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Fungi vs Bacteria

Updated: Apr 26, 2022

We always get questions like: "How does ACF-SR differ from fungi based products?" Or, "my soil is bacteria dominant, and low in fungi populations. Why would I need more bacteria?"

Fungi and bacteria are both very important for overall soil health. Both need each other, but there are significant differences between the two.

By feeding your soil with function-focused bacteria (ACF-SR), you are promoting natural processes that enhance the right fungal activity for soil health and plant growth. Below, we talk about this in more, technical detail:

What's the difference between fungi and bacteria?:

Germination conditions for fungi:

In fungi, the right environmental temperature, available water/moisture and, the presence of specific nutrients are the most important environmental factors that aid spore germination. Plant roots may supply specific nutrients to fungi to aid germination. Other nutrient availability is provided by bacteria.

Germination of fungal spores depends on some or all of these factors:

  • Organic nutrients

  • Inorganic nutrients

  • Light

  • Temperature

  • pH

  • Signalling molecules

How do fungi eat?:

The mode of nutrition, or how fungi "eat" is called absorption.

Fungi obtain their food by transporting it through their cell walls. In order to eat, the spores that give rise to fungi must be dispersed to a location where there is food. After the spore germinates, the mycelium of the fungus must grow into its food. In other words, usually fungi must live in their food if they are to eat. If the food is composed of simple molecules such as glucose or sucrose, soluble food can be immediately transported through their cell walls. However, most food that a fungus might consume is composed of complex, organic compounds, e.g., cellulose, lignin, pectin, starch, etc., which is insoluble. In order for this food to be utilized by the fungus, it must be broken down into simpler molecules that can be transported through their cell walls. The complex materials are broken down into absorbable food by “exoenzymes."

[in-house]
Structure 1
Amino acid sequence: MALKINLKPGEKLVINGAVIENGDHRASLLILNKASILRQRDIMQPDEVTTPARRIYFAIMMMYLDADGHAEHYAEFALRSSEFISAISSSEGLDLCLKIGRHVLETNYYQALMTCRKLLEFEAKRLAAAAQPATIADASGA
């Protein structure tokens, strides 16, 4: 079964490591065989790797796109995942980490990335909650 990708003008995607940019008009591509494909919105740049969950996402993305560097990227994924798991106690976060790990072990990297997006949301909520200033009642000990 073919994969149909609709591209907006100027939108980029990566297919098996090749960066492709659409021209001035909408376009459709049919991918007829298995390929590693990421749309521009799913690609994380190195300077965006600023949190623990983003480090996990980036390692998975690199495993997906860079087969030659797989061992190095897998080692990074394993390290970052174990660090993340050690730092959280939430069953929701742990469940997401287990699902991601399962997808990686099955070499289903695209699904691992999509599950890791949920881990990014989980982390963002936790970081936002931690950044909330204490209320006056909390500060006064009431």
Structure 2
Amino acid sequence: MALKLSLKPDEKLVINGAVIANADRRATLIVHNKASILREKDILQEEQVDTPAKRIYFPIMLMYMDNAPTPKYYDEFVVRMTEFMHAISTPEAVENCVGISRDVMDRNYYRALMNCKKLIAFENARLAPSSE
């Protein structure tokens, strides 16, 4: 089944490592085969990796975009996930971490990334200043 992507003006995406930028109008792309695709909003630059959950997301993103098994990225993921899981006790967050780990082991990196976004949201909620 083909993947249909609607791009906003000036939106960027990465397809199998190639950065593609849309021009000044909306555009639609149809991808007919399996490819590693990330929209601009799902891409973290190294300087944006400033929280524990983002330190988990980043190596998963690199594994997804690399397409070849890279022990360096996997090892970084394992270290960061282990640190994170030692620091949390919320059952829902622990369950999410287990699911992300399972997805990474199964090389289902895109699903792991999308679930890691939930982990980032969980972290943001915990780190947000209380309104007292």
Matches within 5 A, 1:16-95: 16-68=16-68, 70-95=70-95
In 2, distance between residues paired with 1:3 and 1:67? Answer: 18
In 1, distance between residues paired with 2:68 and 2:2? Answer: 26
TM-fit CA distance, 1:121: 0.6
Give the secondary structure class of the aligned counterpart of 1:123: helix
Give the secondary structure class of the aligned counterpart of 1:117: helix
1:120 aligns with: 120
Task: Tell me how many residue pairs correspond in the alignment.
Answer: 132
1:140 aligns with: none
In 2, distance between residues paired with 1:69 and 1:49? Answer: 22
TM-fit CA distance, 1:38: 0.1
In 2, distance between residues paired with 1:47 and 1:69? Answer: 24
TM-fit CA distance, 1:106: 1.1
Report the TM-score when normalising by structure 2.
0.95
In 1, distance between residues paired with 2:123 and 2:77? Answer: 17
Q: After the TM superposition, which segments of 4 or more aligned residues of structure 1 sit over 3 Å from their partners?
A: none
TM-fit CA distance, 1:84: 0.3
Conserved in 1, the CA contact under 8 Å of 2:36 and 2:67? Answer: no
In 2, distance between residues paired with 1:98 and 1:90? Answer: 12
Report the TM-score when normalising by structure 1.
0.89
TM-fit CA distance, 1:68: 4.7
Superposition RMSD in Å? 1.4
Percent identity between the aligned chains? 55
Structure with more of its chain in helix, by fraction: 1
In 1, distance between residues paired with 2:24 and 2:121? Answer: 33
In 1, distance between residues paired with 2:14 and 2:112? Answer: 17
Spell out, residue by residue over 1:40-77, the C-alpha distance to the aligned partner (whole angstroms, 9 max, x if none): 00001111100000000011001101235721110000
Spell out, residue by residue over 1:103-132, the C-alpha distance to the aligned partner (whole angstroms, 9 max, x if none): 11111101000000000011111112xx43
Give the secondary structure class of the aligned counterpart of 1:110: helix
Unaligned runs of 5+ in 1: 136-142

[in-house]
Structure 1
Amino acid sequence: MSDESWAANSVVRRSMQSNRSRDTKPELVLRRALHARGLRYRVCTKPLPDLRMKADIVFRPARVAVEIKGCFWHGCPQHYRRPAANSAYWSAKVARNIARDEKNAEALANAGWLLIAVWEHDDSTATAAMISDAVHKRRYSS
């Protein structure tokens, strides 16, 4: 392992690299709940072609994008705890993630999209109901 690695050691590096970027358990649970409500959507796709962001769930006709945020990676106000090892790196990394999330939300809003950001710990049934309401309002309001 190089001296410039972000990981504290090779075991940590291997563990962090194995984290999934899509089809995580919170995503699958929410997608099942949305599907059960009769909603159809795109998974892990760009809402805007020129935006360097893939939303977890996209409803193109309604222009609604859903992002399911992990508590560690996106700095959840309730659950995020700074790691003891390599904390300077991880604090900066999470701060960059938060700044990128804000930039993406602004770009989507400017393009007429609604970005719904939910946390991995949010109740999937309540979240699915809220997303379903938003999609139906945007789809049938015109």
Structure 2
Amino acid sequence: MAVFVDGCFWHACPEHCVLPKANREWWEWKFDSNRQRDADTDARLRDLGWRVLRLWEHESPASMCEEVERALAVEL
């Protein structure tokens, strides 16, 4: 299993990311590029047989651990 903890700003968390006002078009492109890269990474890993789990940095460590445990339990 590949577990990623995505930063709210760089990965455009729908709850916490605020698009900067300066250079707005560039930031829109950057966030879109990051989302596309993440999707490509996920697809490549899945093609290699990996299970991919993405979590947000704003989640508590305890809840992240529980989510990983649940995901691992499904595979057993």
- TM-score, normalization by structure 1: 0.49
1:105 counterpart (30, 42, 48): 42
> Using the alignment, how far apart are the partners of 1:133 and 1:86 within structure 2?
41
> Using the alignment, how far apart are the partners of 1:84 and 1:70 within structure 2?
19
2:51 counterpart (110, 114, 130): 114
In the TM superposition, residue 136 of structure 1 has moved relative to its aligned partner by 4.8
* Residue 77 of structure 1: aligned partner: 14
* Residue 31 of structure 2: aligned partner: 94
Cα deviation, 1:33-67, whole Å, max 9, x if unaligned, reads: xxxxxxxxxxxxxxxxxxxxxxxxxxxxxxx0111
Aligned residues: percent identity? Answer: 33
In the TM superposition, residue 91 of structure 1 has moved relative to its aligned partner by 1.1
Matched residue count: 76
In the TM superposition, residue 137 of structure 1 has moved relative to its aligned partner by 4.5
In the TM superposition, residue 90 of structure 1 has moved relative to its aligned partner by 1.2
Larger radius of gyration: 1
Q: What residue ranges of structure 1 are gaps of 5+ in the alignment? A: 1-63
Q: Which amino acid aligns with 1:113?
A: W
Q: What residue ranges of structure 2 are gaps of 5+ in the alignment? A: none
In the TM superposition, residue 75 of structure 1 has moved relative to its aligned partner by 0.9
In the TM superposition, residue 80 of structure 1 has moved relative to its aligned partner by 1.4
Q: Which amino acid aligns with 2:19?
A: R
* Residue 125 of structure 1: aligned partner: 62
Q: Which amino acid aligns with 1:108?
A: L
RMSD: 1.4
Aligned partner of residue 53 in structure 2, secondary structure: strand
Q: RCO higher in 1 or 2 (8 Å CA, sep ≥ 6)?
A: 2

Exoenzymes, made by both bacteria and fungi, are using valuable material and energy. These enzymes are secreted outside the cell, where they break down complex organics to produce absorbable food for the bacterium or fungi.

Commercial enzyme production from fungi is common. These are produced during high growth followed by some stress condition. Exoenzymes are not manufactured during spore form. This often makes survival of fungal products very challenging and likely not feasible for large scale agriculture.

ACF-SR promoting fungi growth:

Once germination occurs, spores - hyphae is formed

Hyphae is start of exoenzyme production

Before germination, fungi must be supplied the soluble nutrients (from bacterial exoenzymes). After germination, fungi can function on their own.

When ACF-SR is applied, soluble nutrients for germination of fungi increase. ACF-SR assists growth of fungi.

Many fungi survive as spores in soil. In that form, they are not contributing much to plant health. Adding the right functions with ACF-SR allows optimal plant / bacteria / fungi interaction. Food is more available, and the entire biomass benefits.

We add the functions into ACF-SR more so than the bacteria. The growth rate of bacteria that are producing these functions, compared to the bacteria that do not supply these functions is slower by definition.

Does ACF-SR take over my bacterial population?:

AdvancedAg bacterial species do not “take over” the biomass. They do not crowd out fungi. They assist the growth of all microbes. Then, plant / fungal / bacterial messaging (which is too complex to understand as of yet) can function better as the food sources are more available and can be utilized.

The entire biomass is enhanced due to more available nutrition. Signalling between plants / fungi / bacteria happens regardless, but with more nutrition and more diverse nutrition available, the signalling is more effective, and the natural biomass benefits.

For more on this, and more technical discussion, our Head Scientist, John Wong presents in the video below:

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